The Judgement of Paris
Nineteenth-century France produced two very different artists, and to each the judgement of Paris meant the difference between triumph and failure. Ernest Meissonier was hugely successful and celebrated, whilst the younger Édouard Manet was struggling to sell his often disparaged efforts. Yet Meissonier once wrote, “Time gives every human being his value. The real worth of man cannot be gauged until he is dead.” They were to prove prophetic words because, more than 100 years since their deaths, it is Manet who is world-renowned whilst Meissonier languishes in museum storerooms.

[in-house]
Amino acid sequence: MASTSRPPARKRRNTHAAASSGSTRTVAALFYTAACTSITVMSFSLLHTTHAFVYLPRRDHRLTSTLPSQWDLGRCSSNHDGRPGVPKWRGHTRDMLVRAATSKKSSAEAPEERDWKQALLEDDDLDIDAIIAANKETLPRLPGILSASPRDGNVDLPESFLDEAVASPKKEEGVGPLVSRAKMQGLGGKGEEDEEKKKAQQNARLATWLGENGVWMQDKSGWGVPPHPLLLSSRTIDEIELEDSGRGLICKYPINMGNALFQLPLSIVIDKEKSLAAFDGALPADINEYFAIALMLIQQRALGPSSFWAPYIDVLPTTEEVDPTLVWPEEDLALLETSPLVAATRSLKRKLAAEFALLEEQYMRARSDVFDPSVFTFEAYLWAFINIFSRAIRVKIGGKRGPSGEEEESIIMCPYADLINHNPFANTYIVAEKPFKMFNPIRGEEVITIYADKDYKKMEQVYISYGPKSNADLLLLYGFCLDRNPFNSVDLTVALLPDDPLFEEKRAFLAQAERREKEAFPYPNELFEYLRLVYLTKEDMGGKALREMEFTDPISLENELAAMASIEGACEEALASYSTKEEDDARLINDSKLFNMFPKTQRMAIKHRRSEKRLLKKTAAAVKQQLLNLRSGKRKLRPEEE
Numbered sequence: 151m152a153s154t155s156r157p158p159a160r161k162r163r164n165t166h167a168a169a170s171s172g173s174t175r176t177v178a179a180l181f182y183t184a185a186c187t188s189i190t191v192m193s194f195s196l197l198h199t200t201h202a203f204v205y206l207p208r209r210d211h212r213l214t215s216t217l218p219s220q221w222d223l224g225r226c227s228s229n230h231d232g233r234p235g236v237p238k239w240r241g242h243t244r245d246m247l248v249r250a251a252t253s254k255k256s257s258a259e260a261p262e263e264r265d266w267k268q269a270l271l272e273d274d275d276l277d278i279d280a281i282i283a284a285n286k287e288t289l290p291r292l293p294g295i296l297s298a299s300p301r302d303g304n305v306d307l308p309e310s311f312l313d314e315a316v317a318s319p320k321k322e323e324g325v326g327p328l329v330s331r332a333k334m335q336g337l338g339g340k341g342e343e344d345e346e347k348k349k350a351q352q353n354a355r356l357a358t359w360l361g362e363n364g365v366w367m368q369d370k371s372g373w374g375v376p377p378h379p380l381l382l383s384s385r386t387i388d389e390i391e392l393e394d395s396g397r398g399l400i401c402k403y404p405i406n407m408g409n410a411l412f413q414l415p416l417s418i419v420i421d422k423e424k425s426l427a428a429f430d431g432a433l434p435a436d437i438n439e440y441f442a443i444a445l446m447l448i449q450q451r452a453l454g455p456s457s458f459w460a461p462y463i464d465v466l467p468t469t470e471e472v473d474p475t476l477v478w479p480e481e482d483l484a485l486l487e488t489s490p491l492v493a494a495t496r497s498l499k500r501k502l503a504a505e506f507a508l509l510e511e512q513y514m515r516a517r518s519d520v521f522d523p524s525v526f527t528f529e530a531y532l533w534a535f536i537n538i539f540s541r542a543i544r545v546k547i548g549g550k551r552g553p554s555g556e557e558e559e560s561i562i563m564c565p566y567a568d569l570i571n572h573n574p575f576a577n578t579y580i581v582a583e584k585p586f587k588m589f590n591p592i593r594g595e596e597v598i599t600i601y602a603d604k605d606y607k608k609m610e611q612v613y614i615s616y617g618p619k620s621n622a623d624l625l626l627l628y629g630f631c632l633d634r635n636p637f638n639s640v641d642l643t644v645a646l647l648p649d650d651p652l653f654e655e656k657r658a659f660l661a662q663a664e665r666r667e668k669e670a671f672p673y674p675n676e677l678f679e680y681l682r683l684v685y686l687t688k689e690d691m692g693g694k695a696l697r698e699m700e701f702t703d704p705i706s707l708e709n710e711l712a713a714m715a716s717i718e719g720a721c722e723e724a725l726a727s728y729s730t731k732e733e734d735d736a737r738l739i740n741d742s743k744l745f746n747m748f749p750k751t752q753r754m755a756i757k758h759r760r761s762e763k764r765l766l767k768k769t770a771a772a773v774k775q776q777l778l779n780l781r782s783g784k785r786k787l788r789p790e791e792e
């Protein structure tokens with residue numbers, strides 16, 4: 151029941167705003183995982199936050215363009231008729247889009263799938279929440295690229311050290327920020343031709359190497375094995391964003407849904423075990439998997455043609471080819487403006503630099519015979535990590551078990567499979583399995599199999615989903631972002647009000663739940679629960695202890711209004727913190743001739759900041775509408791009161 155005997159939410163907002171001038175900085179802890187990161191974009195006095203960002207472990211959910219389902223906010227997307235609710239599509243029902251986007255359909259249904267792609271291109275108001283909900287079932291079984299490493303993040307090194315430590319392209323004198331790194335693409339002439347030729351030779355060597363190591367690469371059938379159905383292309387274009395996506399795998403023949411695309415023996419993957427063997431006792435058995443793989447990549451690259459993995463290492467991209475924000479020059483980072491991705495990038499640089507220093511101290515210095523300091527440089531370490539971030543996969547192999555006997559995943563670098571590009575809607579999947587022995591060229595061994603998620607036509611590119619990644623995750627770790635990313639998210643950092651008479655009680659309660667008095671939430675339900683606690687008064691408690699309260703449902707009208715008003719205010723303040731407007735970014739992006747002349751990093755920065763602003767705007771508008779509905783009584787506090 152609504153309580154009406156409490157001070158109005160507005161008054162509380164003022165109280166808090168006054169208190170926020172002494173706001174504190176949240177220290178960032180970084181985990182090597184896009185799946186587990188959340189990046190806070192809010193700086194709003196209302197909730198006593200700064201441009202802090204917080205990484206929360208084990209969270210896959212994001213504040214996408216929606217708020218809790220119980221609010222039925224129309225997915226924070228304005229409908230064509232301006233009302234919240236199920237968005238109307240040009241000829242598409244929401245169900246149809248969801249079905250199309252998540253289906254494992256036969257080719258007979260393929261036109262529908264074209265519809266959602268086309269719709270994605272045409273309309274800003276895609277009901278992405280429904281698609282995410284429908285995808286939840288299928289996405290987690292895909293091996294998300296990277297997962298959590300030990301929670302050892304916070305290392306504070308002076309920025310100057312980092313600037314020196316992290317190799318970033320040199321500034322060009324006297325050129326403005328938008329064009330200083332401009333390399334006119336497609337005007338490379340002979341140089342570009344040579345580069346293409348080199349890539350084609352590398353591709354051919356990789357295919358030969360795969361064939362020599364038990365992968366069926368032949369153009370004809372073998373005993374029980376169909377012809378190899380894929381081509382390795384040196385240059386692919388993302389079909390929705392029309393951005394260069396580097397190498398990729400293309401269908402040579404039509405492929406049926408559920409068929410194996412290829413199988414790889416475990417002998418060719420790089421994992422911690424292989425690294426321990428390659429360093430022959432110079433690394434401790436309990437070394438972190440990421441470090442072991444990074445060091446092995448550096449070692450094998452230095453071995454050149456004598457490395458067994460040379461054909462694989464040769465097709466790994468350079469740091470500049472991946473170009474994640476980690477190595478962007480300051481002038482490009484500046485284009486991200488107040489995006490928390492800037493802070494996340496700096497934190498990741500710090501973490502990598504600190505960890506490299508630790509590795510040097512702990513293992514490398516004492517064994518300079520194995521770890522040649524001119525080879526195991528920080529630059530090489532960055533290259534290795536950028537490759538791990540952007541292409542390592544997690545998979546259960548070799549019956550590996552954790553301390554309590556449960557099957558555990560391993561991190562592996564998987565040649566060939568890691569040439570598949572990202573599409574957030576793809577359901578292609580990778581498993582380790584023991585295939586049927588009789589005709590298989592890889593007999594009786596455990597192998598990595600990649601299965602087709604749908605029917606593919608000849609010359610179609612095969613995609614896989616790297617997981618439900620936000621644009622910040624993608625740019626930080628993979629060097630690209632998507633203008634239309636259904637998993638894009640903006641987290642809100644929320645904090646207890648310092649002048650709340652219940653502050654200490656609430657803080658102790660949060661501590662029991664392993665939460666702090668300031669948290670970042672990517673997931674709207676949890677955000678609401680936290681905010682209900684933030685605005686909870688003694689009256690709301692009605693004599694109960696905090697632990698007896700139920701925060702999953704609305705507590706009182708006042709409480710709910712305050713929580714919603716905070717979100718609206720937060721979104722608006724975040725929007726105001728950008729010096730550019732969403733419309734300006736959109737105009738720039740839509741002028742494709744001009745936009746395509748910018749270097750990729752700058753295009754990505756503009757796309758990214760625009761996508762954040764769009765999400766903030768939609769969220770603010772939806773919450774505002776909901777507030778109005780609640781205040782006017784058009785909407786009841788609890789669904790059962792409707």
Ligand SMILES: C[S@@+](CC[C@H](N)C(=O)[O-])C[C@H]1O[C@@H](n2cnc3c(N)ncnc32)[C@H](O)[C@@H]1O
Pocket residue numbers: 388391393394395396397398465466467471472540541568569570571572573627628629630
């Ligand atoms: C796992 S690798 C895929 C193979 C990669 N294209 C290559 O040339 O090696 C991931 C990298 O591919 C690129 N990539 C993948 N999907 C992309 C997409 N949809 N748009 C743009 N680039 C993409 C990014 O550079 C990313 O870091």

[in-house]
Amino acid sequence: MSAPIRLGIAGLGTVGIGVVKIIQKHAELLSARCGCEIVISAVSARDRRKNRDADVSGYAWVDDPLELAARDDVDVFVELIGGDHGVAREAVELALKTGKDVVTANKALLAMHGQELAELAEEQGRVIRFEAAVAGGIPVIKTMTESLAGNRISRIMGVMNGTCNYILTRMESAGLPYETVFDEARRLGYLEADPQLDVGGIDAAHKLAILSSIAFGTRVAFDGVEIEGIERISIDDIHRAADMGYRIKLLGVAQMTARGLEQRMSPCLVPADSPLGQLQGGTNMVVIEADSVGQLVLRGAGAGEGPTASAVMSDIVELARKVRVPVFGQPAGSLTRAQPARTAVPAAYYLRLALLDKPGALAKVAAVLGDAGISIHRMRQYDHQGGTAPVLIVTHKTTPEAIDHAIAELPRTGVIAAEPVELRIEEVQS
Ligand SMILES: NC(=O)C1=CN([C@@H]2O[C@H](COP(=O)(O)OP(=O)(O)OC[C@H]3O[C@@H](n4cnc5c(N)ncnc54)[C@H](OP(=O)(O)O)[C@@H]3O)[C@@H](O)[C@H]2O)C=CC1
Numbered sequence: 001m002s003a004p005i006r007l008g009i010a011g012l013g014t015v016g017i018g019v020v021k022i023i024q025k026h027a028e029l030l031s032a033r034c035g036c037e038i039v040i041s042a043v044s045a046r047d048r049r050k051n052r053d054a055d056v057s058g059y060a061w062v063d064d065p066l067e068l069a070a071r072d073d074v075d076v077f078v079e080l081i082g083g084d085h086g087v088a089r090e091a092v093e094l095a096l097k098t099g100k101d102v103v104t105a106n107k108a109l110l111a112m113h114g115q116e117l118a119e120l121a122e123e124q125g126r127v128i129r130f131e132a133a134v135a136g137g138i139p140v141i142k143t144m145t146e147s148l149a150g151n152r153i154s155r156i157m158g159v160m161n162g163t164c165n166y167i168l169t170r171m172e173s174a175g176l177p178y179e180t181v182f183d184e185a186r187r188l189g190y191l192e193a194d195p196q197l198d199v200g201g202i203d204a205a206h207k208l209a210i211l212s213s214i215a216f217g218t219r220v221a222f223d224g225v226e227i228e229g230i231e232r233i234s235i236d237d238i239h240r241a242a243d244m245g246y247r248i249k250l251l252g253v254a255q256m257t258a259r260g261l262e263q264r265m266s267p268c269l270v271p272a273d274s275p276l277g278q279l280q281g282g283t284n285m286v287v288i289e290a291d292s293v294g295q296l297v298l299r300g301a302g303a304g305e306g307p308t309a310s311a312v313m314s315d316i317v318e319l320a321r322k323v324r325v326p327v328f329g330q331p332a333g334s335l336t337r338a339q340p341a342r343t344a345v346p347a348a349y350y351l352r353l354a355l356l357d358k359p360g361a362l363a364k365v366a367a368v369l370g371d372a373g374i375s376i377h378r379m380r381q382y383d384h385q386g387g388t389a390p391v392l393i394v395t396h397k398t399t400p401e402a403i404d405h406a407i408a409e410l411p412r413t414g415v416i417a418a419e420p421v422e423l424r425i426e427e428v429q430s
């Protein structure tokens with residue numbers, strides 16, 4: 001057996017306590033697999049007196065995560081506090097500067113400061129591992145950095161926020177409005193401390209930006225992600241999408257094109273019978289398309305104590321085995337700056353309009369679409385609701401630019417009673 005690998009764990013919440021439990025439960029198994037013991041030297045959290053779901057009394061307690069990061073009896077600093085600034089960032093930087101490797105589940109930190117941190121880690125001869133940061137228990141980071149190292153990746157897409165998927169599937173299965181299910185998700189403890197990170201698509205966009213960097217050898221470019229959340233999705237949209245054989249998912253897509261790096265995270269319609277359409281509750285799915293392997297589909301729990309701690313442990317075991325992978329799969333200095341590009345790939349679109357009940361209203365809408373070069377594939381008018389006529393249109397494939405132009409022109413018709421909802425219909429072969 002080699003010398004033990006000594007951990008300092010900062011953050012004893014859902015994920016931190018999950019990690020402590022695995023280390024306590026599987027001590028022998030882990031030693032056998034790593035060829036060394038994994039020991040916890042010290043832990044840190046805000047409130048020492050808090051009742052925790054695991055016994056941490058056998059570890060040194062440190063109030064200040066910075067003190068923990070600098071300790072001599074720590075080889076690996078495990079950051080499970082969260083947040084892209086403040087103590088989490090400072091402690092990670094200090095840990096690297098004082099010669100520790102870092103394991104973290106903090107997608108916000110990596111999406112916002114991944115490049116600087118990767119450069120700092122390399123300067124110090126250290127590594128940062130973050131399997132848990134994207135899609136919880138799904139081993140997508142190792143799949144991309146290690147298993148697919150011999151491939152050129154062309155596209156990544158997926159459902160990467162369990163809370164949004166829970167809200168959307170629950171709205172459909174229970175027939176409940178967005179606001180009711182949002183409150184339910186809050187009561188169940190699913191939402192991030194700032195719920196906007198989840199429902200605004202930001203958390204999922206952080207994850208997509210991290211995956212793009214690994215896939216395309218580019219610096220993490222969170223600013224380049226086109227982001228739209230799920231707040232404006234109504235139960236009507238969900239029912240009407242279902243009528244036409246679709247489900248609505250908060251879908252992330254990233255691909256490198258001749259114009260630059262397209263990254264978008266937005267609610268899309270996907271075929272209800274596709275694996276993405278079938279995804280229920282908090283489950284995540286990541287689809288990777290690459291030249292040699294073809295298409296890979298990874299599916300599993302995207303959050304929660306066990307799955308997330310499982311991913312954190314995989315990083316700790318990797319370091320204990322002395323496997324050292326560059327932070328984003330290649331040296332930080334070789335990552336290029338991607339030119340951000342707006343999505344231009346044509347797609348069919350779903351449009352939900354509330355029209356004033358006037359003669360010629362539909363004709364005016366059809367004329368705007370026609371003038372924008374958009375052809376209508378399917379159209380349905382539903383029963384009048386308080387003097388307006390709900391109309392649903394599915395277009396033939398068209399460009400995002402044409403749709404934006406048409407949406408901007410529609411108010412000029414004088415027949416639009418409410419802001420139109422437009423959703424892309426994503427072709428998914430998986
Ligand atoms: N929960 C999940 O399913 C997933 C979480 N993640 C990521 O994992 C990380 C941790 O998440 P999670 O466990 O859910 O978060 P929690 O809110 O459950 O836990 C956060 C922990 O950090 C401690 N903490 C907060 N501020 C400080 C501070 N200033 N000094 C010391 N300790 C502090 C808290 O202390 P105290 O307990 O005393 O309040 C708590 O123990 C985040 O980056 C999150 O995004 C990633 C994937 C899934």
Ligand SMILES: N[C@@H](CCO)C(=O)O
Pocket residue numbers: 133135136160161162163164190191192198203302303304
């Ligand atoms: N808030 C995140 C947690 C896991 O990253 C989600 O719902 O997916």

Individually their stories are interesting enough, compared and contrasted their careers take on new meaning and that is the brilliance of The Judgement of Paris. Through the lives of these two very different painters Ross King can reflect on and examine the times in which they lived. Fascinating for anyone wanting to know more about mid-19th century Parisian life in general and the artistic movement in particular.
The Judgment of Paris
449 (UK), 464 (US)